Antibiotic susceptibility testing, for isolated organisms such as Acinetobacter baumannii, Pseudomonas aeruginosa, Klebsiella pneumonia and Escherichia coli were carried out by VITEK 2 Compact System (Bio-Merieux). The isolates which were showed elevated MIC to meropenem and imipenem; as well as resistance to cefiriaxone, cefotaxime and ceftazidime (Third generation cephalosporin’s) were considered to be carbapenem resistant. The resistance breakpoints used for detecting carbapenem resistance was ≥4 µg/ml for imipenem and meropenem. The resistance breakpoints used for ceftazidime and cefotaxime were ≥32 µg/ml where ceftriaxone was ≥64 µg /ml, according to Clinical and Laboratory Standards Institute (CLSI) guidelines.

3. Results

Out of 4803 Gram negative bacilli isolated from different clinical specimens in this study, The prevalence rate of carbapenem resistance among Gram-negative isolates were 2797/4803 (58.23%), and sensitivity rate were 2006/4803 (41.77%) of the total isolates, 1001 (20.84%) was E. coli, 1158 (24.10%) K. pneumonia, 922 (19.19%) P. aeruginosa and 1722 (35.85%) A. baumannii. The maximum number of isolated bacteria was from sputum 1773 (36.91), followed by wound swabs 1513 (31.50%), blood 913 (19%), urine 566 (11.78%) and Pus 38 (0.79%). The high rate of resistance between both meropenem and imipenem was A. baumarmii 1710/1722 (99.13%), followed by p. aeruginosa 575/922 (62.4%), K. pneumoniae 459/1158 (38%) and E. coli 56/1001 (5.59%) (Table 1).

Majority of resistant strains among different locations of the hospital, were isolated from ICU, 3573/4803 (74.39%), followed by 1044/4803 (21.73%) from surgery unit and 186/4803 (3.87) from urology unit.

A baumannii was the most common microorganism isolated from ICU patients (Table 2).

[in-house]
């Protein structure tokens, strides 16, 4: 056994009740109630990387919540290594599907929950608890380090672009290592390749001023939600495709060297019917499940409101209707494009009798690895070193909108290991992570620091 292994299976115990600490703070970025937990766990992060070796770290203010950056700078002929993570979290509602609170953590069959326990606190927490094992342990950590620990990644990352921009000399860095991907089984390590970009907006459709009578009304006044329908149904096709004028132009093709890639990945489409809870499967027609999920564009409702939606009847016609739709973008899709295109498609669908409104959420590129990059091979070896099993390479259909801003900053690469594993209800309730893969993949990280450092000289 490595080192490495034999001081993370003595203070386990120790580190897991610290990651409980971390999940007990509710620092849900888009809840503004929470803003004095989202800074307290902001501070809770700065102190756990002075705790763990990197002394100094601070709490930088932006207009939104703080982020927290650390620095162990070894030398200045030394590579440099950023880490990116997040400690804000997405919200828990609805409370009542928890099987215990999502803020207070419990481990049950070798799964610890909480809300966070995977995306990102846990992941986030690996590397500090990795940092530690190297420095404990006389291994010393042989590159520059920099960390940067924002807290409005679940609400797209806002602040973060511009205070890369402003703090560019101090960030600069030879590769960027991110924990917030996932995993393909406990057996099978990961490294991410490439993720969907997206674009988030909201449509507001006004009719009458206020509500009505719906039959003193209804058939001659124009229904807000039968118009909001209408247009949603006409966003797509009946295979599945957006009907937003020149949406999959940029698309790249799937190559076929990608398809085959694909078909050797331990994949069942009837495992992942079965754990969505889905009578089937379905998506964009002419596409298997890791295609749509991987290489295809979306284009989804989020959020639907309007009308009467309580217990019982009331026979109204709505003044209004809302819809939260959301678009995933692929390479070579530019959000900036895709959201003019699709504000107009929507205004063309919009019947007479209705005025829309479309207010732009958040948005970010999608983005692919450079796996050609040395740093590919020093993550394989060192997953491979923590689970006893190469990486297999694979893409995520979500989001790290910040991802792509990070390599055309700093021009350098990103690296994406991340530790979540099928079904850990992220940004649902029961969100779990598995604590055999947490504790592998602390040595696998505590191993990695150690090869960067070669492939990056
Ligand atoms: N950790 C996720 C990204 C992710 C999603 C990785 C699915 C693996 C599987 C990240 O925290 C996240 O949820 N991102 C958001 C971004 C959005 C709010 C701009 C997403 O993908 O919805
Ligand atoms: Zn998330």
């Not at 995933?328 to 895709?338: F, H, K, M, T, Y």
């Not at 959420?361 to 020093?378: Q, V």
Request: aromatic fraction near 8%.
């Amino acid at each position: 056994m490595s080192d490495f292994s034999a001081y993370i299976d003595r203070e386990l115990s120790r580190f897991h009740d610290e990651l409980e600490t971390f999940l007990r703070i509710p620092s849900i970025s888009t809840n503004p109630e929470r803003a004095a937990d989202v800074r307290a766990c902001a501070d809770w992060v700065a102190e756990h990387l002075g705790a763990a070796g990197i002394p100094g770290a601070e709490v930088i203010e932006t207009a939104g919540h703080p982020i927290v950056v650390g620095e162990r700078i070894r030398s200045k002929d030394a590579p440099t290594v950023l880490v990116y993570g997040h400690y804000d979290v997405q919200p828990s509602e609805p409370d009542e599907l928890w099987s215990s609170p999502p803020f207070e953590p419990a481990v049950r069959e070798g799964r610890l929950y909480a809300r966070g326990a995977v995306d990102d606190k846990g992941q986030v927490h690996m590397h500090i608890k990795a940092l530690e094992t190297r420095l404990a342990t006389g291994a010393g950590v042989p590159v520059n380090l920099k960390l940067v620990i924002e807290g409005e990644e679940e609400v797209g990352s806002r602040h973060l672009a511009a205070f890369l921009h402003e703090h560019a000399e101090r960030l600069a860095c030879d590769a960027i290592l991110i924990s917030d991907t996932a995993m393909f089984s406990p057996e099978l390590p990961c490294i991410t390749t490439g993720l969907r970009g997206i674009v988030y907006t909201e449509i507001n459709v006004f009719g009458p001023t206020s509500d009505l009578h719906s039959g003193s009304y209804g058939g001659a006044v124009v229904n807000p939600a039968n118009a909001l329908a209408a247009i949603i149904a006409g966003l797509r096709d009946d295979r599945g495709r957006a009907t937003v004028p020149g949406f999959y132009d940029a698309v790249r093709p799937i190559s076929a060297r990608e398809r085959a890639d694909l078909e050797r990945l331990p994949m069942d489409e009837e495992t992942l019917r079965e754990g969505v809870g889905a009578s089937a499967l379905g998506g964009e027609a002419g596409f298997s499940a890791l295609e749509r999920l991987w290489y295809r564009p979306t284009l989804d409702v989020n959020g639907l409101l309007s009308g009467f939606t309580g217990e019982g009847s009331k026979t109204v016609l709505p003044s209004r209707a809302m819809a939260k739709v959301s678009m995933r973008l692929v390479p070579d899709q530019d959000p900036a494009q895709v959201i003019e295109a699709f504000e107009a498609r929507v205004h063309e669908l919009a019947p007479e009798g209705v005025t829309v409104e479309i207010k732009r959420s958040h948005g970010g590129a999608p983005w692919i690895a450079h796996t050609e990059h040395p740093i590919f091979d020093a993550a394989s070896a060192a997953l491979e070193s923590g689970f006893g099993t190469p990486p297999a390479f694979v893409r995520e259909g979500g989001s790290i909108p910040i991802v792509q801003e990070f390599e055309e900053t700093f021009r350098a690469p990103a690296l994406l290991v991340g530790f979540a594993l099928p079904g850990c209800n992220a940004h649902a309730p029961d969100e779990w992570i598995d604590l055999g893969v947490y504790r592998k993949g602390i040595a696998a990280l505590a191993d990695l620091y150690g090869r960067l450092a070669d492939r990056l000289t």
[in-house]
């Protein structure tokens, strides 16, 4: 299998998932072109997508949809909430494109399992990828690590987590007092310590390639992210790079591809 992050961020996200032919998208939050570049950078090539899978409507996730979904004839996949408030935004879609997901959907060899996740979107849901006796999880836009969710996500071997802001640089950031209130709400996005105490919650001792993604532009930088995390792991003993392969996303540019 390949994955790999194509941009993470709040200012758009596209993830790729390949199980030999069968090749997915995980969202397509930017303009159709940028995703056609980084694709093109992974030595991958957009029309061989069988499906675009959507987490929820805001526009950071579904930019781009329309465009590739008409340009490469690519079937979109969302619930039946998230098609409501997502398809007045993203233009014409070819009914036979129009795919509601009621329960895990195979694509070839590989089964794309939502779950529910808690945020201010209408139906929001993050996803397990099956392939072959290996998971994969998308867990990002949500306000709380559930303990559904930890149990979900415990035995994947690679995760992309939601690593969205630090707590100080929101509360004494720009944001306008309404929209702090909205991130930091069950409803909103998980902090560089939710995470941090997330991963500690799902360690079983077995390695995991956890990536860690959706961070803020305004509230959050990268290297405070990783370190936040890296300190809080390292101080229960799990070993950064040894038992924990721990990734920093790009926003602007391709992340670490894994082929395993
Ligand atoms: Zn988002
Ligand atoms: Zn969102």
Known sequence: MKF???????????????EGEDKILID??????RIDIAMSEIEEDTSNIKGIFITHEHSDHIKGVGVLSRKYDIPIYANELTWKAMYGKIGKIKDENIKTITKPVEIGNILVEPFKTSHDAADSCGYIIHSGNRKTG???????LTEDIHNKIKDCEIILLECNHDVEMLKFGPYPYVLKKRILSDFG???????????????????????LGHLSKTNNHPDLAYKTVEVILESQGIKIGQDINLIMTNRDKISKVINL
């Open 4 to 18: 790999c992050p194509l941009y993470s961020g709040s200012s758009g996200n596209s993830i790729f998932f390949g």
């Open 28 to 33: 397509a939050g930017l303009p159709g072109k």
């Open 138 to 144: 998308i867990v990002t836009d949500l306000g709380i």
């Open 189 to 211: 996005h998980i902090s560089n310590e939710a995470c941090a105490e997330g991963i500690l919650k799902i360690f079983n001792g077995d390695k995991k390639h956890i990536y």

The trend of carbapenem resistance among Gram-negative bacterial isolates from November 2012 to December 2015 was 933/1728 (53.99%), 972/1623 (59.88%) and 892/1452 (61.43%) respectively. In 2013, 1728 isolates were examined for Carbapenem resistance, among of these isolates, 933 (53.99%) strains were resistant to carbapenem included A. baumannii 98.19% (597/608), P. aeruginosa 53.63% (192/358), K. pneumonia 30.69% (128/417) and E. coil 4.63% (16/345). In 2014, 1623 isolates were examined for Carbapenem resistance, among of these isolates, 972 (59.88%) strains were resistant to carbapenems, included A. baumannii 99.48% (581/584), P. aeruginosa 58.30% (207/355), K. pneumonia

Table 1. Rate of carbapenems resistance among Gram negative bacterial isolates in clinical samples.

Table 2. Distribution of carbapenems resistant strains among different locations.

41.17% (168/408) and E. coli 5.79% (16/276). 1n 2015, 1452 isolates were examined for Carbapenem resistance as well, among these isolates, 892 (61.43%) strains were resistant to carbapenems, included A. baumannii 99.81% (529/530), P. aeruginosa 84.21% (176/209), K. pneumonia 54.27% (163/333) and E. coli 6.31% (24/380). Organisms showed increasing trend of carbapenem resistance among Gram-negative bacterial isolates from 2013-2015, generally the highest rate of carbapenem resistance during the three years was A. baumannii which recorded 98.19%, 99.48% and 99.81% respectively and the lowest rate of carbapenem resistance was E. coli which recorded 4.63%, 5.79% and 6.31% respectively (Table 3).